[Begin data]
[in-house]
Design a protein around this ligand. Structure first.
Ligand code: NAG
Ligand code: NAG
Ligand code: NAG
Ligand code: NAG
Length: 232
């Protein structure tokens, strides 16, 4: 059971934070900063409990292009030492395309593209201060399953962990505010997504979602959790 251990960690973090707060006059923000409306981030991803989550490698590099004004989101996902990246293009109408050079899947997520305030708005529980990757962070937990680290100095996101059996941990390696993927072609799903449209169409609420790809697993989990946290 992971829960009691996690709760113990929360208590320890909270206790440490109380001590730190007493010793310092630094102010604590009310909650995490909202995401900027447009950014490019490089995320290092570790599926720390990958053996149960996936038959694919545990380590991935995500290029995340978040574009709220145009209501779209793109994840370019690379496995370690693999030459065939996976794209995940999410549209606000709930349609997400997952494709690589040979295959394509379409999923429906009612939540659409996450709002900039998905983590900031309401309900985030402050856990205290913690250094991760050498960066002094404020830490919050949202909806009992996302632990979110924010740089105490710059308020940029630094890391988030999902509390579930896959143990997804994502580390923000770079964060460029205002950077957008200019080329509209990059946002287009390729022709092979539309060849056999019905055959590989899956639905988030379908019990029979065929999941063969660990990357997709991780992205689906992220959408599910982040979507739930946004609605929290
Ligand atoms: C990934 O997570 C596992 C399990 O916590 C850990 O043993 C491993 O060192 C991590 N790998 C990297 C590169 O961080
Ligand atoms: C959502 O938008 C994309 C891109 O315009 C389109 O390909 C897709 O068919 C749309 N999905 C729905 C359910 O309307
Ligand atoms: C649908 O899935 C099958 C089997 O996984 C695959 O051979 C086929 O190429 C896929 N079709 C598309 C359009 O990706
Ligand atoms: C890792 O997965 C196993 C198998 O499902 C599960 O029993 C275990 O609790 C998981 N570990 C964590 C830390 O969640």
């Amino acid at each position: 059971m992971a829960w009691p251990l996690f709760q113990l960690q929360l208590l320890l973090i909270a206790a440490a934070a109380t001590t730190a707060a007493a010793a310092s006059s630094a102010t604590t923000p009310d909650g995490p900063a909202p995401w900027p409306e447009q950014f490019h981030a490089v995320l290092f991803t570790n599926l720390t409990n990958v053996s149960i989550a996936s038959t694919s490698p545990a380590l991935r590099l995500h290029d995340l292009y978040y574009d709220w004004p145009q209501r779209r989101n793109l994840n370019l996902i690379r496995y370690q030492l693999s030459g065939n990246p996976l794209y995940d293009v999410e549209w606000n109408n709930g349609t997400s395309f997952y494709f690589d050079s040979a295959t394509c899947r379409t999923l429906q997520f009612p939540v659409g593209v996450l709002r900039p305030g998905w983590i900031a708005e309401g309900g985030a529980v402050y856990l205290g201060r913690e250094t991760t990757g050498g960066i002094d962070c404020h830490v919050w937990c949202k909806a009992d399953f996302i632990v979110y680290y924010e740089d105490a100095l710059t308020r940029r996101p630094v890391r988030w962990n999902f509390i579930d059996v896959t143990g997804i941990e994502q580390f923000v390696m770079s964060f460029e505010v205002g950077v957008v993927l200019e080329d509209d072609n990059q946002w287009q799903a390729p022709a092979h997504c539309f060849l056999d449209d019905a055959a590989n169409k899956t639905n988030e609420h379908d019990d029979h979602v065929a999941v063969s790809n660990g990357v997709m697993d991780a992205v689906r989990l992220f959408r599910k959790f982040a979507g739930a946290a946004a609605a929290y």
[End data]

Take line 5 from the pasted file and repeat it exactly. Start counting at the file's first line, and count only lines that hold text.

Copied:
Ligand code: NAG